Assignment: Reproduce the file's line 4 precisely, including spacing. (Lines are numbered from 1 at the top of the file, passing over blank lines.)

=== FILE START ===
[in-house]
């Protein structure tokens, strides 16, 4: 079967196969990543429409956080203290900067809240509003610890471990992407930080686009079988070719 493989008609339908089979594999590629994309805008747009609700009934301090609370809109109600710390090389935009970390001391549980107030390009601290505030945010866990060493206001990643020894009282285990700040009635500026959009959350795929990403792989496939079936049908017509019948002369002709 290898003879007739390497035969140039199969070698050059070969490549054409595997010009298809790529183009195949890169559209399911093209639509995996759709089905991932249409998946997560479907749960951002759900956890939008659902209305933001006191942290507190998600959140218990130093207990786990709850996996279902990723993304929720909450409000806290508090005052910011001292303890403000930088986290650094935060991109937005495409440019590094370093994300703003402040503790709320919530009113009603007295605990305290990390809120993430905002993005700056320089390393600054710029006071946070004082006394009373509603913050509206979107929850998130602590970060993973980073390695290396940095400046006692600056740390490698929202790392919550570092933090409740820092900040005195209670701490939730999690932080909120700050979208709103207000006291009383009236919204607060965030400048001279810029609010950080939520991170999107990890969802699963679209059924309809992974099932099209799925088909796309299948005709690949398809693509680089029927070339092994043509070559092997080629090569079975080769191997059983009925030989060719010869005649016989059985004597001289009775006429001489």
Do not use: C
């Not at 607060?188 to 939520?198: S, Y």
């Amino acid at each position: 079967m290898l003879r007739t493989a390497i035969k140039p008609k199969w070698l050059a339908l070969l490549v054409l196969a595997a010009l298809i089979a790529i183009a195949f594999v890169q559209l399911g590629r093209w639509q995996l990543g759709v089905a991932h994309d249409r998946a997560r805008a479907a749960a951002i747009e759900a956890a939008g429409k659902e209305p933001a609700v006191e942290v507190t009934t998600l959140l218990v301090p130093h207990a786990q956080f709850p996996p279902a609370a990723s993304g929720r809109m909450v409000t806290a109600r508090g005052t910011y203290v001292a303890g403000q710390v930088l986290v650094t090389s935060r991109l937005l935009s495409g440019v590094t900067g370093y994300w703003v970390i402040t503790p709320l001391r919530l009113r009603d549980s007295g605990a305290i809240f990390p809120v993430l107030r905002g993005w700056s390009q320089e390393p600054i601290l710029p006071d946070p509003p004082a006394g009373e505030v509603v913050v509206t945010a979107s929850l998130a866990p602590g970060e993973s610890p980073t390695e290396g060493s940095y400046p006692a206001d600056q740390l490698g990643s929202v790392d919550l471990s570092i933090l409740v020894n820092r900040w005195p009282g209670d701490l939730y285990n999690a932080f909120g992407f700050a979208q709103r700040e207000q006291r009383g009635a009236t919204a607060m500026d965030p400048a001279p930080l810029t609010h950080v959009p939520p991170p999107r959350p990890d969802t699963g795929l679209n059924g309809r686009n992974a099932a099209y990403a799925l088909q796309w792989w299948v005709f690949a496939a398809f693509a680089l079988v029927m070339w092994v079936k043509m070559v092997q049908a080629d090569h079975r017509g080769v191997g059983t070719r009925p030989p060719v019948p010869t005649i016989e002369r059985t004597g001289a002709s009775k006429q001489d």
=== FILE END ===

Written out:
């Not at 607060?188 to 939520?198: S, Y």